Another Belarusian comeback led the host nation to a convincing win over Germany and puts Glen Hanlon's team firmly in contention for a quarter-final berth.
Mikhail Grabovski led the way as comeback kings Belarus turned around a 0-2 deficit and downed Germany 5-2, blasting new life into the hosts' quarter-final dream.
A double-whammy early in the third period lifted the home team into a decisive lead, taking Belarus to nine points and a share of second place with Latvia. Finland and the USA are one point back as Group B's contenders bunch up some distance behind runaway leader Russia.
Grabovski was the key man yet again, claiming two goals and an assist to take his personal points haul to 3+4=7 in five games so far.
"In the first instance we won the game thanks to team spirit and discpline," Grabovski said after the game. "All the players on the ice took responsibility for their game.
"Hockey's the kind of game where you can't relax for a second - we did that and they got two quick goals on us but then we got it back together and you could see the result."
But a Belarus recovery to win a game that seemed to be drifting away should not come as a huge surprise: all three home victories in this year's World Championship have seen the team in red come from behind. Against Kazakhstan a 0-1 first period deficit became a 4-1 win, then Switzerland saw 2-1 and 3-2 leads evaporate as Belarus won 4-3 with Sergei Kostitsyn in superb form.
And Kostitsyn played a big role again here, with Glen Hanlon reprising the reshuffle that put him on a line with Grabovski and Alexei Kalyuzhny to such potent effect against the Swiss.
The new look first troika came up trumps once again, combining for the go-ahead goal on 42:55. Kalyuzhny found Kostitsyn, and the Avangard Omsk man's shot was deflected by Grabovski who managed to score close in at the second attempt.
Seventy seconds later the noise levels from the 14,500 fans in Minsk Arena hit a new high as Geoff Platt extended the advantage. The other Kostitsyn brother, Andrei, created space with a rush on the net, allowing Platt to bring the puck to the face-off spot and place a wrist shot inside Rob Zepp's near post. That goal also brought the game's two Ontario-born players into direct confrontation, with the naturalized Belarusian and former Dynamo Minsk favourite winning the duel of the expats over his fellow Canadian.
And Grabovski grabbed his second of the game in the 50th minute, finishing decisively off a Sergei Kostitsyn pass to kick off the post-game party with 10 minutes to go.
"Most of all we feel a real responsibility playing in front of our fans," Grabovski added, going on to pay tribute to the work of head coach Hanlon. "He makes it easy to understand how he wants us to play."
Going into the game both teams knew that victory would place them in the thick of the four teams jockeying for position behind Russia. But each also knew that defeat would mean an anxious wait to ensure the spectre of relegation was banished.
Germany was the first to show in a cautious opening, temporarily dousing home hopes with two goals midway through the first session.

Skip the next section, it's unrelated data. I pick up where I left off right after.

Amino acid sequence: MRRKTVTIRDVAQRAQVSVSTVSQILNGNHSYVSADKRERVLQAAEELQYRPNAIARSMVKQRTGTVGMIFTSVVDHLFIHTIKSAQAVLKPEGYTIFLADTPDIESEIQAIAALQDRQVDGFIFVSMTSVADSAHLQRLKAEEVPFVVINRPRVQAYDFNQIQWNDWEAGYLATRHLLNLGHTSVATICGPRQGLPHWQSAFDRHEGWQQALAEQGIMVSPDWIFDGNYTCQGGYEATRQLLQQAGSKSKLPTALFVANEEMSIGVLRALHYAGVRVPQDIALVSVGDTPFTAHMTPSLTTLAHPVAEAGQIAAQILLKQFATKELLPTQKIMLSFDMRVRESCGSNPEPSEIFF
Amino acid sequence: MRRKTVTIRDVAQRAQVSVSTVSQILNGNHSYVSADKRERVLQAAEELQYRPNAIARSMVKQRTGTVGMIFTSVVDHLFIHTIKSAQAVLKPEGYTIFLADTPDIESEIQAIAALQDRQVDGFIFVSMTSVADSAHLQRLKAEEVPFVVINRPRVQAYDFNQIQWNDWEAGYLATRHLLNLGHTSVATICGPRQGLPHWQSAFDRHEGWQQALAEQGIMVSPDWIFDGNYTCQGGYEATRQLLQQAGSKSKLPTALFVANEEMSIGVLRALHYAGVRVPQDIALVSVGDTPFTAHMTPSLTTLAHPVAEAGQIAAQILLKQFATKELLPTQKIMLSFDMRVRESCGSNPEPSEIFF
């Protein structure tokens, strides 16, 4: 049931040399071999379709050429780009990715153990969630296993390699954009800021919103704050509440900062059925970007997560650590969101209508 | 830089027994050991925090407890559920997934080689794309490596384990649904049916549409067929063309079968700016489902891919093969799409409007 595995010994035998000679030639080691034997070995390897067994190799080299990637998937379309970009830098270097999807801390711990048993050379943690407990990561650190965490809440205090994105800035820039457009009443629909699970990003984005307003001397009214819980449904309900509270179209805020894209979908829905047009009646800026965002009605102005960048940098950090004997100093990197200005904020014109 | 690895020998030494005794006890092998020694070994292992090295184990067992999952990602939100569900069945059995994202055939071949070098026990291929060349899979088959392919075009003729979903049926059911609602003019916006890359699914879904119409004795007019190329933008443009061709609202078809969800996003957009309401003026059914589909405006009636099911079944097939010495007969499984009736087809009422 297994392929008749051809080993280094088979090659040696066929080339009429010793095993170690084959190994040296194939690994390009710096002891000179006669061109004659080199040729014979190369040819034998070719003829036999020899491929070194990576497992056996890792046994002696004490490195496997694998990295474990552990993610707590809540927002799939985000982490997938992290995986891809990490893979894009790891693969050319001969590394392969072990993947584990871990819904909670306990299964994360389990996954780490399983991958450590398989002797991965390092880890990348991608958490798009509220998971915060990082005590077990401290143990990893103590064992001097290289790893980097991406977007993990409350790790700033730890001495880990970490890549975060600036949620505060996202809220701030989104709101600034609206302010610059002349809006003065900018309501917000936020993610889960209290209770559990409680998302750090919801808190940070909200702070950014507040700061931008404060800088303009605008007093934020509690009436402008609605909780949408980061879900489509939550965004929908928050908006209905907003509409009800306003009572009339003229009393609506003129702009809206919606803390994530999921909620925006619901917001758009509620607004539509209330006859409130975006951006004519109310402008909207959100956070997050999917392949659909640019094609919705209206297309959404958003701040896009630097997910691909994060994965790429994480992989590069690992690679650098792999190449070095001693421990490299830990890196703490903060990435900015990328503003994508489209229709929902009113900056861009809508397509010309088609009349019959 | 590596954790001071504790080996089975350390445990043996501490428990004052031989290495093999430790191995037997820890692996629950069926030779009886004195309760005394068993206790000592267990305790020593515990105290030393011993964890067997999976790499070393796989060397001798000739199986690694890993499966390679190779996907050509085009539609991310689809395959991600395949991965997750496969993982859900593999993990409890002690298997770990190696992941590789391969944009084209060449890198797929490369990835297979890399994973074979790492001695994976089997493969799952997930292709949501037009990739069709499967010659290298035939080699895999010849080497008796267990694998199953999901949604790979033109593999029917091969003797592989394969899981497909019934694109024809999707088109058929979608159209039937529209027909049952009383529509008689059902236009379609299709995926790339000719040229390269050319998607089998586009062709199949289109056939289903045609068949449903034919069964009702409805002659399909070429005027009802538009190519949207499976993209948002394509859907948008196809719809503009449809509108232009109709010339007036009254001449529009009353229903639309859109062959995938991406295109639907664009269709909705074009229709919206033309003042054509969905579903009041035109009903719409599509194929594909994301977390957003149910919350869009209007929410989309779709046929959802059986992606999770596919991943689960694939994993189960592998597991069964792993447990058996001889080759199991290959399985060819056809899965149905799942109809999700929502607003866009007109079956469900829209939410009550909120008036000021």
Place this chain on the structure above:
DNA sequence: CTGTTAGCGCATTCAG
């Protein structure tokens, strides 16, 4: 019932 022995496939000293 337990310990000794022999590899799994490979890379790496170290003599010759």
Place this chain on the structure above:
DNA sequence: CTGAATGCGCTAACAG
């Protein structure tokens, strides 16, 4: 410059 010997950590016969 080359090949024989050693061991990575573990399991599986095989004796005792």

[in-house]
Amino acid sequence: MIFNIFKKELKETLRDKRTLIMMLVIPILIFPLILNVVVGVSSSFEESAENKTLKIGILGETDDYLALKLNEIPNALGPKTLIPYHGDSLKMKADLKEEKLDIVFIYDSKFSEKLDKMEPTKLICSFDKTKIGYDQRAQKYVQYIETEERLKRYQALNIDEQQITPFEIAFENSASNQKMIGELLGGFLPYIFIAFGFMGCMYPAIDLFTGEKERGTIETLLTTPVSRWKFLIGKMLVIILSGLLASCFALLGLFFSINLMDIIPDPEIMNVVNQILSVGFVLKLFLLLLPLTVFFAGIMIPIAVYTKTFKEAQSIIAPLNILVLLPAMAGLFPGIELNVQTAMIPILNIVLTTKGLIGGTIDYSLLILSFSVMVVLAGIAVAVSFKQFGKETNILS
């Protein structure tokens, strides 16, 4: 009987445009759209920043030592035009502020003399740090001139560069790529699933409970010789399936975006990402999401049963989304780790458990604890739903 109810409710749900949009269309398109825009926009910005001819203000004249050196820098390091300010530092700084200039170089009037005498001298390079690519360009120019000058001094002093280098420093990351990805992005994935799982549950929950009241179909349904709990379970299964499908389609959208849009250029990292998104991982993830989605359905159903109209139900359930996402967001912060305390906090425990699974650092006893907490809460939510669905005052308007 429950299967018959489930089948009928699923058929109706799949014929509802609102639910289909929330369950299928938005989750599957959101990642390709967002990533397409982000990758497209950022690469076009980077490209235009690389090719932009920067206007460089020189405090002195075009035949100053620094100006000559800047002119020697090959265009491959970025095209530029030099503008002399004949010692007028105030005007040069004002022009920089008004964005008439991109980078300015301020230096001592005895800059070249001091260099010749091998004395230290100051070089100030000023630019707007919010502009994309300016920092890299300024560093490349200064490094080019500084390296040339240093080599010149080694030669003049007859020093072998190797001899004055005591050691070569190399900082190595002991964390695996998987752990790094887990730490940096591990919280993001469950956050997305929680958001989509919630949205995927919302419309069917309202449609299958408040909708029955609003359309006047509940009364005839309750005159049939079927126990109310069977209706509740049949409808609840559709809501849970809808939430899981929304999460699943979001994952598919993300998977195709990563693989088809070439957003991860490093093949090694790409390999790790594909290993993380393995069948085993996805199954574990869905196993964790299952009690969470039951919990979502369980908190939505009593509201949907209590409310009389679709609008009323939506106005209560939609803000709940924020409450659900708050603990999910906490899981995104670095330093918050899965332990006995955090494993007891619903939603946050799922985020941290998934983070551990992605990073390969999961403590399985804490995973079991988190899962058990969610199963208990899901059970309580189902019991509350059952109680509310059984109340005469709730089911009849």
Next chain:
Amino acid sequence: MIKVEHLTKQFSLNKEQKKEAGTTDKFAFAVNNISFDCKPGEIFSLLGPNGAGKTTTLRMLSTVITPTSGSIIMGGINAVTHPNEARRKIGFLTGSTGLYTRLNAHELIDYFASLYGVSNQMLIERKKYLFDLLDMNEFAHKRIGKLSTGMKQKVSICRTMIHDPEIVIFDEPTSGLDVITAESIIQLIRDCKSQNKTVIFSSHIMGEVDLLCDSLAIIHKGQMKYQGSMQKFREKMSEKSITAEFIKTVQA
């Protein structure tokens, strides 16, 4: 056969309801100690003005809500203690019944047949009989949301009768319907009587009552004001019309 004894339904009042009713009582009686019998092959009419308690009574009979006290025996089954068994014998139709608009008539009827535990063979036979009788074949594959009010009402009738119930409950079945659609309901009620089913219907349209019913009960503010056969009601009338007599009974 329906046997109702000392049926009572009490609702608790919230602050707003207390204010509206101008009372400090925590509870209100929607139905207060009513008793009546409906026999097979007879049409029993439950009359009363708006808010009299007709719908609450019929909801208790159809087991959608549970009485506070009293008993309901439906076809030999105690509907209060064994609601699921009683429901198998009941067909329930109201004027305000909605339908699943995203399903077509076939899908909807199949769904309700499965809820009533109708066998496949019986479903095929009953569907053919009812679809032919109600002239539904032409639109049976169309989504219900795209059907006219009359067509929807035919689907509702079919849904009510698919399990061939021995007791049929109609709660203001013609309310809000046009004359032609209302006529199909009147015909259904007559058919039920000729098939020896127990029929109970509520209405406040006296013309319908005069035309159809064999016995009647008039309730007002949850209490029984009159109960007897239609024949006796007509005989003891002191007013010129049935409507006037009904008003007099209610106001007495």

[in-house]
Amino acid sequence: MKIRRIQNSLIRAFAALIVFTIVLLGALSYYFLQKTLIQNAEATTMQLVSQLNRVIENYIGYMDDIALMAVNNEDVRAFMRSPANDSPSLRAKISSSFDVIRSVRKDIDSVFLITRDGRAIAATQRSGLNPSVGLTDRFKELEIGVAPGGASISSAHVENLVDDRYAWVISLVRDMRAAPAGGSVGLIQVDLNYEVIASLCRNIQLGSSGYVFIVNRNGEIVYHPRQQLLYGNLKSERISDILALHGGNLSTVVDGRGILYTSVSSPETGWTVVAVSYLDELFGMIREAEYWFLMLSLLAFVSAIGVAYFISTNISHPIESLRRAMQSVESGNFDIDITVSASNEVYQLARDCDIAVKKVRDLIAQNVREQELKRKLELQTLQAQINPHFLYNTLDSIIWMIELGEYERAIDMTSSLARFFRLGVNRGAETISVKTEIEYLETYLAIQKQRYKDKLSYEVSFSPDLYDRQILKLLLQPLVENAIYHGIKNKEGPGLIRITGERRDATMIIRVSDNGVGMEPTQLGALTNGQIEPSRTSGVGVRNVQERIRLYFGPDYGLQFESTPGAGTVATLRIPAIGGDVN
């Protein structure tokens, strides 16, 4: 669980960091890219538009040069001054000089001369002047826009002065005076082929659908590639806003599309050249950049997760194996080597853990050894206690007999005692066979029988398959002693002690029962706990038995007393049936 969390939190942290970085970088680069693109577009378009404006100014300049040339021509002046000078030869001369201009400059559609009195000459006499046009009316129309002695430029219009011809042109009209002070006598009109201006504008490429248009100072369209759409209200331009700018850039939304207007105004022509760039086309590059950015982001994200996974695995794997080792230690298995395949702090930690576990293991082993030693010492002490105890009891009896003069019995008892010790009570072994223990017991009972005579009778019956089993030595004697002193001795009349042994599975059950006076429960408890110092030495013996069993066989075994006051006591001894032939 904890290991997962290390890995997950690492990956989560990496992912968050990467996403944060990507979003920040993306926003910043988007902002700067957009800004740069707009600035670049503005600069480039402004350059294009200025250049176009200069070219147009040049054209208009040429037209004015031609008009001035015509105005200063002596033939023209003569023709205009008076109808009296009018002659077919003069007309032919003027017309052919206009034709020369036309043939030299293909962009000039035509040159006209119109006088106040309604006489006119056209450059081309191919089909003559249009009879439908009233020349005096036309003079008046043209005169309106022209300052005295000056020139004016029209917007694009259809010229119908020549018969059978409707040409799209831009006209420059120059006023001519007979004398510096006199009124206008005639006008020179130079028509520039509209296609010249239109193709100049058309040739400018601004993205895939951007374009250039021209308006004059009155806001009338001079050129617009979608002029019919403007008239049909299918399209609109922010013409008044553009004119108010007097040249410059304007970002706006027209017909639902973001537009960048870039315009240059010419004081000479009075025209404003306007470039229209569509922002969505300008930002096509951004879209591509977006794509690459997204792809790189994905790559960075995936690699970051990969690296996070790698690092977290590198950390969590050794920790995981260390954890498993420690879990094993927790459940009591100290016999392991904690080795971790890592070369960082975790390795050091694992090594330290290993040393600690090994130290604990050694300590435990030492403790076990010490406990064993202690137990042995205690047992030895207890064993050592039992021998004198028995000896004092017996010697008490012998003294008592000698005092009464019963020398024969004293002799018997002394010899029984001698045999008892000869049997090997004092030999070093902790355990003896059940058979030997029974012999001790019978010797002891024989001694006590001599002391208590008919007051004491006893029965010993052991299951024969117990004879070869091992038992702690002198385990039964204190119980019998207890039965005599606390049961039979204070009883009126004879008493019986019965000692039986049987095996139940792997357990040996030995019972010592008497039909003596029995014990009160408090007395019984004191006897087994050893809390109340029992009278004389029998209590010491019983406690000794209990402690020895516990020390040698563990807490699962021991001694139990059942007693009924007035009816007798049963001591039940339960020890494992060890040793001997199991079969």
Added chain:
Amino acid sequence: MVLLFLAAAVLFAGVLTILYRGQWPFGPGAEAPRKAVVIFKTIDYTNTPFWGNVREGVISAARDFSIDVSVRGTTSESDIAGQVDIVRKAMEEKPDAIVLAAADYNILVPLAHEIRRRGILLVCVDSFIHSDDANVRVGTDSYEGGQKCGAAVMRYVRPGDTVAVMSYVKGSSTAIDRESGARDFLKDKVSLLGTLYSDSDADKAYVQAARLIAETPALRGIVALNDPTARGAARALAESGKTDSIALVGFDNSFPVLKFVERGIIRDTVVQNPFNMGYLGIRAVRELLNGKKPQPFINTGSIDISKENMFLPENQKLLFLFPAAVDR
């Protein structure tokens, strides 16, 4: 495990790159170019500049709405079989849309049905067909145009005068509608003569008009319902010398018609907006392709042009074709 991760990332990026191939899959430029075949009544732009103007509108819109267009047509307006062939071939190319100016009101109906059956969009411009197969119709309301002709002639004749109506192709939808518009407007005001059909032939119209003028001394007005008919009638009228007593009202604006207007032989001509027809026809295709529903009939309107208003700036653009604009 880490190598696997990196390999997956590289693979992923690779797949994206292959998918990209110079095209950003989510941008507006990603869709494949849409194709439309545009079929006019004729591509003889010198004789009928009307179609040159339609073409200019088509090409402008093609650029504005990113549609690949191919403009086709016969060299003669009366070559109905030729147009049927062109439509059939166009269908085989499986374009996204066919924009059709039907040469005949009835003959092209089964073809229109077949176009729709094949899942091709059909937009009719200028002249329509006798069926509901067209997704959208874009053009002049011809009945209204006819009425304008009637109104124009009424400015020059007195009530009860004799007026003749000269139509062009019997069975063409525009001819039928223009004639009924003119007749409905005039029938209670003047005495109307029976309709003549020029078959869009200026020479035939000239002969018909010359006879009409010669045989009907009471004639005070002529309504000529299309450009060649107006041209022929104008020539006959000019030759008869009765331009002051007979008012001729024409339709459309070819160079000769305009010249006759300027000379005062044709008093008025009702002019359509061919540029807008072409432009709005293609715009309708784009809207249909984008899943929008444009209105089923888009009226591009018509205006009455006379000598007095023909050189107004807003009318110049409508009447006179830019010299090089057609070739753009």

First Kai Hospelt let rip from the blue line, beating Vitali Koval rather too easily considering the goalie's clear view of the shot and the distance the puck had to travel.
Then Alexander Barta doubled the advantage with the help of some lax defence. He was allowed to boss the slot before lifting the puck upstairs and force coach Glen Hanlon to call a time-out.
At that point Germany's Felix Schutz felt his team should have gone on to win the game. "If you are leading 2-0 in the first period and you're a good team you really have to win that game," he said. "We made a lot of mistakes, and they had a lot of rushes. It was one goal, then another, then another ... suddenly we were losing 2-3. It was just a bad game for us."
But Belarus forward Geoff Platt always believed in victory. "The first goal against us was pretty flukey and we knew we were playing better than what the scoreline reflected when we were down 2-0. We cut the lead and got that momentum swing going into the break and carried it through."
That pause seemed to steady Belarus, and when a penalty on the Germans presented an opportunity it took just 22 seconds for Andrei Stepanov to post his third goal of the tournament. Not for the first time the Amur Khabarovsk centre was well served by his line-mates, with Kalyuzhny and Grabovski pinging the puck to and fro across the circle to find Stepanov out in front.
The middle session saw Belarus replace the ailing goalie Koval with Kevin Lalande - meaning a game between Belarus and Germany featured two Canadian goalies - but it was the home offence that demanded more attention early on. Hanlon's reshuffled top line almost tied it up in the first play of the periodwhen Kostitsyn collected a lovely drop-off from Kalyuzhny and rattled the inside of Zepp's post in the first minute of the period.
However, with both teams continuing in a cautious vein it did not spark a significant Belorusian onslaught and both teams struggled to carve out real scoring chances until Belarus tied it up in the 35th minute with a goal made in the Far East. Stepanov and Alexei Ugarov, who plays his club hockey in distant Vladivostok, led a surge on Zepp's goal and after Stepanov's shot was saved Ugarov reacted fastest to sweep the rebound into the net.
After the Admiral man's goal the rest was plain sailing for Belarus, which now has a great chance to navigate its passage to the QF; Germany, meanwhile, may be looking anxiously at the relegation trapdoor if its form doesn't improve.